By Jonathan Stempel

NEW YORK (Reuters) - U.S. prosecutors on Thursday said Andrew Caspersen, the scion of a wealthy Wall Street family, should spend as long as 15-2/3 years in prison after he pleaded guilty to defrauding friends, family and a charity out of more than $38 million.

In papers filed with the federal court in Manhattan, prosecutors said Caspersen, 40, who had worked at a unit of investment banker Paul Taubman's PJT Partners Inc, abused the trust of his victims through his "long-running, significant and elaborate" fraud.

Prosecutors said the son of late Wall Street financier Finn M.W. Caspersen ran a Ponzi-like scheme from November 2014 to March 2016 to defraud more than one dozen investors, claiming he would use their funds to make loans to private equity firms.

Instead, prosecutors said Andrew Caspersen used money he raised to trade in his own accounts and pay earlier investors.

Though lawyers for Caspersen have said a "pathological" gambling disorder and mental health issues fueled their client's crimes, prosecutors said the 151- to 188-month prison term recommended under federal guidelines was justified.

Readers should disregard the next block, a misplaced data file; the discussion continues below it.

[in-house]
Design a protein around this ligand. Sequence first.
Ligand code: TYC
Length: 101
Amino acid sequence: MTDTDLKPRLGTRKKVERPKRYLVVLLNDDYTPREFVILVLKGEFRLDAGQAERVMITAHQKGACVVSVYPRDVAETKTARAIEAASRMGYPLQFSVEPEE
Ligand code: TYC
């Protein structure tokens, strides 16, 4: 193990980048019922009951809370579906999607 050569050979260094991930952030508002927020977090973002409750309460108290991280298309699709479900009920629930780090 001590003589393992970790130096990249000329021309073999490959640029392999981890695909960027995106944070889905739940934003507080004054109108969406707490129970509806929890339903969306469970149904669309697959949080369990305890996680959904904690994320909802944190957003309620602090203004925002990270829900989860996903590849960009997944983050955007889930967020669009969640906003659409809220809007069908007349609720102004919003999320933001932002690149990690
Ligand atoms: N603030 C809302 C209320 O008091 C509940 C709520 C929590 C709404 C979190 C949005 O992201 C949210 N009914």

The sentencing request came six days after Caspersen's lawyers said the Princeton University and Harvard Law School graduate's gambling addiction and efforts to rehabilitate himself were among the "powerful mitigating circumstances" justifying leniency.

Caspersen is scheduled to be sentenced in Manhattan on Nov. 4 by U.S. District Judge Jed Rakoff, a prominent critic of federal sentencing guidelines.

The judge told Caspersen at his July 6 plea hearing that he would consider the guidelines when imposing punishment, but that they "border on the irrational, and I like a sentence to be rational."

Caspersen has agreed not to appeal any prison term longer than 15-2/3 years. He also agreed to forfeit more than $45 million, though his lawyer has said he cannot afford that sum.

The case is U.S. v. Caspersen, U.S. District Court, Southern District of New York, No. 16-cr-00414.

(Reporting by Jonathan Stempel in New York; Additional reporting by Nate Raymond; Editing by Jonathan Oatis)